When U.S. voters choose a presidential candidate, they get a vice president as part of the package. In this segment of "How America Elects," VOA's Jeffrey Young examines the factors that go into picking a vice presidential candidate in hopes of the ticket winning the White House.
Political conventions are filled with confetti, balloons, and cheers for the presidential candidate chosen to carry the party's banner to Election Day. But in the shadows of that attention is the party's vice presidential nominee.
For more than 200 years, U.S. voters have marked their November election ballots for two people running together on a party's White House ticket: one for president, the other, for vice president.
One scholar who has studied these vice presidential candidates in depth is George Mason University's Robert Dudley. Dudley explains the purpose of the vice president's nominiation. "What is the nomination of a vice president for? It's to boost election chances, where even a small advantage you might get could translate into a lot of electoral votes."
Perhaps the most significant pattern in the past 30 or so years can be termed 'outsider-insider.' Since Democrat Jimmy Carter won the White House in 1976, a number of politicians have campaigned for the presidency with the theme of an outsider coming to a so-called broken Washington to fix it. Mr. Carter's running mate, however, was veteran U.S. Senator Walter Mondale, who intimately knew the mechanisms of the federal government.
In 1980, when Republican outsider Ronald Reagan was elected to change Washington, he chose a very experienced Washingtonian, former ambassador and CIA Director George Herbert Walker Bush. In 1992, Democrat Bill Clinton came to Washington from Arkansas with an insider, Senator Al Gore. Eight years later, Republican Texas Governor George W. Bush picked former Defense Secretary and Ford administration Chief of Staff Dick Cheney as his vice president.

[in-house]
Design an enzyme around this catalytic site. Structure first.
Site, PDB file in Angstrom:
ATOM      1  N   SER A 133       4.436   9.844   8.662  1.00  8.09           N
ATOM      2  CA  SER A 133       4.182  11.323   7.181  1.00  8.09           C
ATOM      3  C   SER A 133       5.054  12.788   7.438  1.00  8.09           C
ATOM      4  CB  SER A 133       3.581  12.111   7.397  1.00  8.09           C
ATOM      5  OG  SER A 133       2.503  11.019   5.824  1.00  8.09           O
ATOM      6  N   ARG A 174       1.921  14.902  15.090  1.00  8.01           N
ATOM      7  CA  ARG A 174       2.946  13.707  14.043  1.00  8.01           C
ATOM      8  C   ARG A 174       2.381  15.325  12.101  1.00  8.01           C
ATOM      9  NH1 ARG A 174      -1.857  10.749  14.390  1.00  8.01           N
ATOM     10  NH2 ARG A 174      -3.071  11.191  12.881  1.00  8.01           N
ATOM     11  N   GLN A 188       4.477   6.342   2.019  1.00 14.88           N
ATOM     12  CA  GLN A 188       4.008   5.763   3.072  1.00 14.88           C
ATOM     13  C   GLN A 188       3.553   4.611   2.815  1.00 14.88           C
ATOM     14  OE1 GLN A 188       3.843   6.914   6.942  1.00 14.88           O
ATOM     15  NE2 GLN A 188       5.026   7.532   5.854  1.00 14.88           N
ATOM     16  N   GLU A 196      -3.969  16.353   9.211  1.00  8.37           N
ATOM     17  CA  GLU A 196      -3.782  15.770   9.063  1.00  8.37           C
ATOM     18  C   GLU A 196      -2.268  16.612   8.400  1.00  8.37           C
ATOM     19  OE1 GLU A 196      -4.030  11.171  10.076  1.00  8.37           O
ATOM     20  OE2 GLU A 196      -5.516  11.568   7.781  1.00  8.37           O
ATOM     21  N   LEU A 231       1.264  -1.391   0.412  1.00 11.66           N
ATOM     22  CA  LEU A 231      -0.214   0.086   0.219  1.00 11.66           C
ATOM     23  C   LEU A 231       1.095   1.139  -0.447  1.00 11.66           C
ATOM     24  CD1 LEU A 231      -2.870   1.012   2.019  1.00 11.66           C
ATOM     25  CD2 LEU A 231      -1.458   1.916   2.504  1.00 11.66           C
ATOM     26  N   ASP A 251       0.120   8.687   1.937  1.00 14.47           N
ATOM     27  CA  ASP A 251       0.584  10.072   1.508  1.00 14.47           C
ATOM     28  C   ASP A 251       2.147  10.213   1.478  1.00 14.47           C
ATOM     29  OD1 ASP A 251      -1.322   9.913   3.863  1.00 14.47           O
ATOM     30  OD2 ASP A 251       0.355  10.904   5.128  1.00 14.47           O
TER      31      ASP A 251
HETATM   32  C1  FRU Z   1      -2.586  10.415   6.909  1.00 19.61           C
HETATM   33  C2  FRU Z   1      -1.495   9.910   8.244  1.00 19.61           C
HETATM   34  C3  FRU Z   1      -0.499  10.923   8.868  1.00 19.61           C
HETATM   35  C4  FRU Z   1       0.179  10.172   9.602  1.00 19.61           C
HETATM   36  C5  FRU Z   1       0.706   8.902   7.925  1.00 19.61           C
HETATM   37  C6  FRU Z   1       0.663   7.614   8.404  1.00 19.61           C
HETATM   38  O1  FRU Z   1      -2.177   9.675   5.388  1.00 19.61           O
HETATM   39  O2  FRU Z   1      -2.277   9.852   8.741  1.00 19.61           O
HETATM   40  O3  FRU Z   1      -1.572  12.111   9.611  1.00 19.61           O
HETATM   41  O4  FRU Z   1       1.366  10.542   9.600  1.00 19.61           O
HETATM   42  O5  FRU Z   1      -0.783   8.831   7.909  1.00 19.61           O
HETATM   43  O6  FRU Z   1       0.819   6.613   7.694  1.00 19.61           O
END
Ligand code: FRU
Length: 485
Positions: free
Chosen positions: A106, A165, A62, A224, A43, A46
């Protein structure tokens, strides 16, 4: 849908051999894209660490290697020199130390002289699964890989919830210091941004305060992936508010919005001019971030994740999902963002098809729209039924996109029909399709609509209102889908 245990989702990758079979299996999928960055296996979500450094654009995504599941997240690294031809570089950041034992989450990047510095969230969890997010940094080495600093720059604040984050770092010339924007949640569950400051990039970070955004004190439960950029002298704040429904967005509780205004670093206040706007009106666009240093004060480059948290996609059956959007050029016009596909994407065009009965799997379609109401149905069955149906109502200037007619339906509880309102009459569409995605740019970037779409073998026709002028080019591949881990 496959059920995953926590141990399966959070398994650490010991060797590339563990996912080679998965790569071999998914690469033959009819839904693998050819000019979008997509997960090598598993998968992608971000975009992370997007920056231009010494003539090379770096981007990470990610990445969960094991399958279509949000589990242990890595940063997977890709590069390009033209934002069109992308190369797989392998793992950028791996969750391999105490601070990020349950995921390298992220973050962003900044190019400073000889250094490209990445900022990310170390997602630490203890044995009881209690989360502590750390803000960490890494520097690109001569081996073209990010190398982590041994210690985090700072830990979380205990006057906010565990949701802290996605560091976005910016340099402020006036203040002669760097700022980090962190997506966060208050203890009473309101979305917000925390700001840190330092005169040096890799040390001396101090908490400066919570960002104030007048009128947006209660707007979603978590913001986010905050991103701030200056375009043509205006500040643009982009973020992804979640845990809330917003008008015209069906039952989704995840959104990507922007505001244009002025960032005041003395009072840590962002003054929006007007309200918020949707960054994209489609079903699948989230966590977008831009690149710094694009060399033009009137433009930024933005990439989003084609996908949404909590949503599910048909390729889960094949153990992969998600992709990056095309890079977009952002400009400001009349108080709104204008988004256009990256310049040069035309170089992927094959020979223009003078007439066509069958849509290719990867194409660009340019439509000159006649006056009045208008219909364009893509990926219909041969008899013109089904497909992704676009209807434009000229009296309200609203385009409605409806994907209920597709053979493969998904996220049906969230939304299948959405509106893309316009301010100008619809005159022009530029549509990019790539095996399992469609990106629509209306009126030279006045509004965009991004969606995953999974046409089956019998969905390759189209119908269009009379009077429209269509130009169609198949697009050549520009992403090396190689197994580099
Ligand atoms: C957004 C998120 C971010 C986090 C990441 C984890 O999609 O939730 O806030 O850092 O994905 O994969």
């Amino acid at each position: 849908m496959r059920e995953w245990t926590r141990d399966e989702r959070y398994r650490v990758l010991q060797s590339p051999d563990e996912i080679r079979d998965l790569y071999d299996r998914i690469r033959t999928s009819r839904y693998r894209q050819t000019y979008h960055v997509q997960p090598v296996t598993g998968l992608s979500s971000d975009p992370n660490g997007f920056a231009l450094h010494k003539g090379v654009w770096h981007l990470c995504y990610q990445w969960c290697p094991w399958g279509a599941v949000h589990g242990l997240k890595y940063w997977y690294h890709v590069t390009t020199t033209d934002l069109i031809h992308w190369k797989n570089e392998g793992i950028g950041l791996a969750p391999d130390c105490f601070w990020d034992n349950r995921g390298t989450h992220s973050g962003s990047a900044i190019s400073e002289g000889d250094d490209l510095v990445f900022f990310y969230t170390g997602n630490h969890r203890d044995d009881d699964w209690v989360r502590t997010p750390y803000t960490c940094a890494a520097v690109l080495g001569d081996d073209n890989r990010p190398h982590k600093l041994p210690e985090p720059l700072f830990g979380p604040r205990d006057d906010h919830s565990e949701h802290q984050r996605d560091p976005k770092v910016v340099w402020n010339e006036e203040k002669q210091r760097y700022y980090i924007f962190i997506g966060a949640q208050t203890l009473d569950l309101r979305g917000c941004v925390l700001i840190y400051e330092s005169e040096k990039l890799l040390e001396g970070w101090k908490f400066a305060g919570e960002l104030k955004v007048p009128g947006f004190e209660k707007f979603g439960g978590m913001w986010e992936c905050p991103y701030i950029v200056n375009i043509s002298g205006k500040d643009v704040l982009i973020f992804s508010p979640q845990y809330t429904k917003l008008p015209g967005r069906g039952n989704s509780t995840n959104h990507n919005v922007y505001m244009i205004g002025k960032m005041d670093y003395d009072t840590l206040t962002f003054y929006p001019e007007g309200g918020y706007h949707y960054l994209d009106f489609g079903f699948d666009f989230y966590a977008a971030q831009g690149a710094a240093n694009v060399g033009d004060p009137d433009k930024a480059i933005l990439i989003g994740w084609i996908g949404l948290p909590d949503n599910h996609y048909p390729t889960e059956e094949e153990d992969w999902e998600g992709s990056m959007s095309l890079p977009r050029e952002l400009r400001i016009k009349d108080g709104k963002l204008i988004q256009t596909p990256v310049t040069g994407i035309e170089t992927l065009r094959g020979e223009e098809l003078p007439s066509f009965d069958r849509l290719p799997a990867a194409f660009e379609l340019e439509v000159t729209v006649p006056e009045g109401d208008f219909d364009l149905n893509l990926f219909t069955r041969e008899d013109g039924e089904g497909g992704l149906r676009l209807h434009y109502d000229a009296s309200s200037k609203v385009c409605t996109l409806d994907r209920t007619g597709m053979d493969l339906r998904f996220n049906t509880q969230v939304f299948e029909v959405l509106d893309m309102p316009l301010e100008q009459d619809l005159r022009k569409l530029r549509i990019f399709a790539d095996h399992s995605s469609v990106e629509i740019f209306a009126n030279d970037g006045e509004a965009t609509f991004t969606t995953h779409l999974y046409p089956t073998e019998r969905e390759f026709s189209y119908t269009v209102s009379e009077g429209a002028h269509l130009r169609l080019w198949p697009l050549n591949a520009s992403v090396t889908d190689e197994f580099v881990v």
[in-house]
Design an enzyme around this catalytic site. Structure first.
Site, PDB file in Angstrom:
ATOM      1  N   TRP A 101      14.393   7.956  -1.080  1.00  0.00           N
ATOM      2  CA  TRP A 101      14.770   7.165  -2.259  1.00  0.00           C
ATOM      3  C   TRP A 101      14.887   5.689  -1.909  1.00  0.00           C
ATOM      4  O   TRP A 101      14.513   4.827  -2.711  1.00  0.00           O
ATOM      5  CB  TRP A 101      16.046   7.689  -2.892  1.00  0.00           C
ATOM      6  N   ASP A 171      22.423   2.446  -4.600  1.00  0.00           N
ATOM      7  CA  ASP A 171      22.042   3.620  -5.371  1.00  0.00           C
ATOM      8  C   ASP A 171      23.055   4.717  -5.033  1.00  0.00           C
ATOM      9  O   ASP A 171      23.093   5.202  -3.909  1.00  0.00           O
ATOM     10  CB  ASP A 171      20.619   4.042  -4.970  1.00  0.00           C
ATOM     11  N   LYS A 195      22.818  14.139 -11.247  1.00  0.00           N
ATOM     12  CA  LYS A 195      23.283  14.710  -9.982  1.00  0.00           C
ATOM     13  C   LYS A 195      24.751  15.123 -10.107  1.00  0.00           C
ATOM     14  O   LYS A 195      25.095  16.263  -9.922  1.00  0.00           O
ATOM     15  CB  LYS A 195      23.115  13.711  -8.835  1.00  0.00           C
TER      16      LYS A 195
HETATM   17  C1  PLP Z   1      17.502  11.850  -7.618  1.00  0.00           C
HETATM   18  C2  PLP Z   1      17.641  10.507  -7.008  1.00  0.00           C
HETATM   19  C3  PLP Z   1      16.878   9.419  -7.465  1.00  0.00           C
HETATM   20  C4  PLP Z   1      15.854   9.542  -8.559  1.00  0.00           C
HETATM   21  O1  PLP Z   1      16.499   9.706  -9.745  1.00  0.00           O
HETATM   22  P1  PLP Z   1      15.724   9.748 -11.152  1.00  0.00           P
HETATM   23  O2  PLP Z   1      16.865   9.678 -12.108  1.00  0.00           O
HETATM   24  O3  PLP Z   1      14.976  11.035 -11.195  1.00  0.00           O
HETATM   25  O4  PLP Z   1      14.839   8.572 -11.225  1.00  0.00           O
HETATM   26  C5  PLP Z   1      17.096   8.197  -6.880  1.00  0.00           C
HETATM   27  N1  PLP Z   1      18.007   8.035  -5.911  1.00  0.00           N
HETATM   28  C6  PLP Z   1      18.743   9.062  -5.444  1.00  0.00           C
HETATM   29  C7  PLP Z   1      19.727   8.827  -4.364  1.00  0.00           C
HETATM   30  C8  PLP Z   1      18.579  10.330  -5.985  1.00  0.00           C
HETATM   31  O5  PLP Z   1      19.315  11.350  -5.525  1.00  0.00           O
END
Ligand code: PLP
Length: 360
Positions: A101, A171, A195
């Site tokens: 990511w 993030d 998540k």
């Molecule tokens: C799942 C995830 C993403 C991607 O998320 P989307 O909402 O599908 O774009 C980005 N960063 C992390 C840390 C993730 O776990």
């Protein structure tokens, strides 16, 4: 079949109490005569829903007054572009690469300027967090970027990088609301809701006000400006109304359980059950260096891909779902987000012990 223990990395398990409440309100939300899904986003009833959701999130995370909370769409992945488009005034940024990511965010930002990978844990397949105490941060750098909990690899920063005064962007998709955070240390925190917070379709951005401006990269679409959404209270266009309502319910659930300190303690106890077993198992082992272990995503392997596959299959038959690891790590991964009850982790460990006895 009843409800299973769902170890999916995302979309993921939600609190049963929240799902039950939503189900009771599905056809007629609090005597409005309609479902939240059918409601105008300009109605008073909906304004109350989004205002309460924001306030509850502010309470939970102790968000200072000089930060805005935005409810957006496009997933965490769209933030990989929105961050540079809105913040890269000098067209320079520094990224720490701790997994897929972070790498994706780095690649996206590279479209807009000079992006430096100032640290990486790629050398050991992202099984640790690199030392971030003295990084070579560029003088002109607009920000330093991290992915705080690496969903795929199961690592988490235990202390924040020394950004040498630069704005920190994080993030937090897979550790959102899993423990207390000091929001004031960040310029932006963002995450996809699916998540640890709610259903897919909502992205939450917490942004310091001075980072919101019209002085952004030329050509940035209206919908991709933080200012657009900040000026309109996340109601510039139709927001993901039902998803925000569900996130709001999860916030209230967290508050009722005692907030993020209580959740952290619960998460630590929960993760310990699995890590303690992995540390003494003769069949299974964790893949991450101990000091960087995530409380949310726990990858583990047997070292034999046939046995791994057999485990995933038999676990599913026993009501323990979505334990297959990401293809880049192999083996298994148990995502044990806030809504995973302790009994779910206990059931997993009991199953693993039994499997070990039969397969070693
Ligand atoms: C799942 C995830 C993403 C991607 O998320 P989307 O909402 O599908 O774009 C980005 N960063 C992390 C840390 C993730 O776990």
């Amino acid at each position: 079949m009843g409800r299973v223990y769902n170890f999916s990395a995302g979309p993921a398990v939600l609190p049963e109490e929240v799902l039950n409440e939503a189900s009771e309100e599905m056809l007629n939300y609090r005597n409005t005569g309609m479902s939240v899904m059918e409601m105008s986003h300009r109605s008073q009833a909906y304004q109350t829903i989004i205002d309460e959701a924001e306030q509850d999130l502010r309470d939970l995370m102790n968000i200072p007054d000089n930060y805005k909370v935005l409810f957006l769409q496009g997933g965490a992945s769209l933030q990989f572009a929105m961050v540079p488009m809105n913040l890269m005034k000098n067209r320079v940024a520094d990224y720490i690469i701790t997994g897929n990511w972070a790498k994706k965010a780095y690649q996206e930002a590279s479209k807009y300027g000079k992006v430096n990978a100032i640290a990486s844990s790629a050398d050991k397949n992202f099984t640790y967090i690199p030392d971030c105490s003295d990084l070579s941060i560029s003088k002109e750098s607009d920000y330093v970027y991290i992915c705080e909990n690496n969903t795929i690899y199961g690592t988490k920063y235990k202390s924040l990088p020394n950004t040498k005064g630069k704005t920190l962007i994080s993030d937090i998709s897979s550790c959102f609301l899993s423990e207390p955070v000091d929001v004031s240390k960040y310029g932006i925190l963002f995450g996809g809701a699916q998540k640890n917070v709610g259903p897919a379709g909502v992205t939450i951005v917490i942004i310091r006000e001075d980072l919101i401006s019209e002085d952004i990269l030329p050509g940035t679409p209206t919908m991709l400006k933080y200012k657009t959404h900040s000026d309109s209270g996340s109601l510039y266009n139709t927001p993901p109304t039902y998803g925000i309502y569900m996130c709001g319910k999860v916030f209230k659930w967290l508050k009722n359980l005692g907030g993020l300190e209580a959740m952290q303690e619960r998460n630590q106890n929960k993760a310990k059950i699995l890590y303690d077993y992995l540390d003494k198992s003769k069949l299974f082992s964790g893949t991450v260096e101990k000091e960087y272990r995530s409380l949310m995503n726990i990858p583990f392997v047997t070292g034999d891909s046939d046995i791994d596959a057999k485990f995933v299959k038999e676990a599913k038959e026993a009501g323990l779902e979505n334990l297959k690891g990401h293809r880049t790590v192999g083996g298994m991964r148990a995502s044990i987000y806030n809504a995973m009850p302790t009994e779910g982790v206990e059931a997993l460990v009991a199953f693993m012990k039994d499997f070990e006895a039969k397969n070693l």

The vice presidential slot has also been used to bridge generations, or to transition between them. When the senior George Bush was vice president and ran for the Oval Office in 1988, he chose a very youngish Senator Dan Quayle as his running mate to appeal to the so-called "baby boom" generation born after the end of World War II. And in 1992, the Democratic Clinton-Gore ticket was not only outsider-insider, but was also the first ticket with two "baby boomer" candidates.
The 1984 team of Democrats Senator Walter Mondale and Congresswoman Geraldine Ferraro was the first time a woman had ever been nominated by a major party. She thanked her supporters at the party's convention. "My fellow citizens, I proudly accept your nomination for Vice President of the United States," she said.
While White House tickets are designed for the widest possible voter appeal, the role of the vice president goes far beyond Election Day. As the old adage goes, the vice president is only a heartbeat away from the Oval Office.